Former Conservative shadow Europe minister Graham Brady has criticised party leader David Cameron's policies as being unappealing to voters in key election areas.
Mr Brady had resigned from his post in May over the Conservatives' grammar schools policy.
Speaking to BBC Radio 4's The World This Weekend, he said that the Tory leader's policies had been successful in metropolitan areas but were failing to attract voters in the north and in the Midlands.
"The changes David Cameron has made in the Conservative party have been very successful in some places, and have been better at reaching out to a more liberal, metropolitan mindset.
"But they have not been making the same impact further away from London - in the north, in the Midlands, in places which really are an absolutely key electoral battlefield if we're going to win a general election."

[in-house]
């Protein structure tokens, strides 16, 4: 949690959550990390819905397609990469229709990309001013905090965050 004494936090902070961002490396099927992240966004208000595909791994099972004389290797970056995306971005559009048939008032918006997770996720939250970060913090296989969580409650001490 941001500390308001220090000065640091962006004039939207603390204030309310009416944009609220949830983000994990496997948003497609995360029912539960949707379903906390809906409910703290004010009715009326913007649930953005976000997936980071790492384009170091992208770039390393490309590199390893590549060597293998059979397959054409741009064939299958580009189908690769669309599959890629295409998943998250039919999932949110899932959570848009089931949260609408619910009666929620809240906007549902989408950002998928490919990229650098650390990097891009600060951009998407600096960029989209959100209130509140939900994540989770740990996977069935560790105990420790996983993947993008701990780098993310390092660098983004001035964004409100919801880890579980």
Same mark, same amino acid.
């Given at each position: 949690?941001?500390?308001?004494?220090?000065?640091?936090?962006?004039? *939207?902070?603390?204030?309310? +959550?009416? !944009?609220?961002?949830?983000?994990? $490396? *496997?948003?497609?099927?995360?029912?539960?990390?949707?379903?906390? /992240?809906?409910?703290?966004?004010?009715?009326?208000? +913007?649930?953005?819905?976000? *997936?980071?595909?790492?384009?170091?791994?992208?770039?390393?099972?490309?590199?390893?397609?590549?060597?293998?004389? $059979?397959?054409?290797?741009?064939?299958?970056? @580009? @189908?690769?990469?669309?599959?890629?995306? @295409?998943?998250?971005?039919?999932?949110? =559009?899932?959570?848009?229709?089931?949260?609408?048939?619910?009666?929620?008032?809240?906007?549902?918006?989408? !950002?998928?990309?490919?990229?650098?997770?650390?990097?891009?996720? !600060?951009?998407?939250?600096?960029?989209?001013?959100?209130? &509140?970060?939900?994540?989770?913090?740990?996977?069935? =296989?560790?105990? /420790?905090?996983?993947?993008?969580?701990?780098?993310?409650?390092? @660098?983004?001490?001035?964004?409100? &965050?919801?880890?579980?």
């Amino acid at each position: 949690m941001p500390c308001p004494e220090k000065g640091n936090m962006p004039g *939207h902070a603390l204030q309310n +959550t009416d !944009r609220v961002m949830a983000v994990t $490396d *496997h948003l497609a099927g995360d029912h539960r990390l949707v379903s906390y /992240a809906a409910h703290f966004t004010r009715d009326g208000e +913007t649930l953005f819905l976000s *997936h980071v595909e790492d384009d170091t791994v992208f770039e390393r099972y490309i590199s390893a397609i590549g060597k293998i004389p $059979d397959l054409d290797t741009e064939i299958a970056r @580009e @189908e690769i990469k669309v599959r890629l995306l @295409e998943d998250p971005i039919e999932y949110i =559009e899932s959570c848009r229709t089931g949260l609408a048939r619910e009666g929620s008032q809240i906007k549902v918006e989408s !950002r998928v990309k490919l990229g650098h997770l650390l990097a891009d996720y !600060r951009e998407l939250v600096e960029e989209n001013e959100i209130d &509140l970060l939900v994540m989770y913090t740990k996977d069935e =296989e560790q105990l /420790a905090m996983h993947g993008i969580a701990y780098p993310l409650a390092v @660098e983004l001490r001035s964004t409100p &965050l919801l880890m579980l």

The Conservatives came in behind the Labour party and the Liberal Democrats in recent by-elections which were being seen as a sign of Mr Cameron's appeal.
Mr Cameron believes that the 'bounce effect' of a new prime minister will soon wear off for the Labour party and improve his falling poll ratings.
Mr Cameron has also been criticised for travelling to Rwanda as floodwaters brought chaos to parts of England, including his own constituency.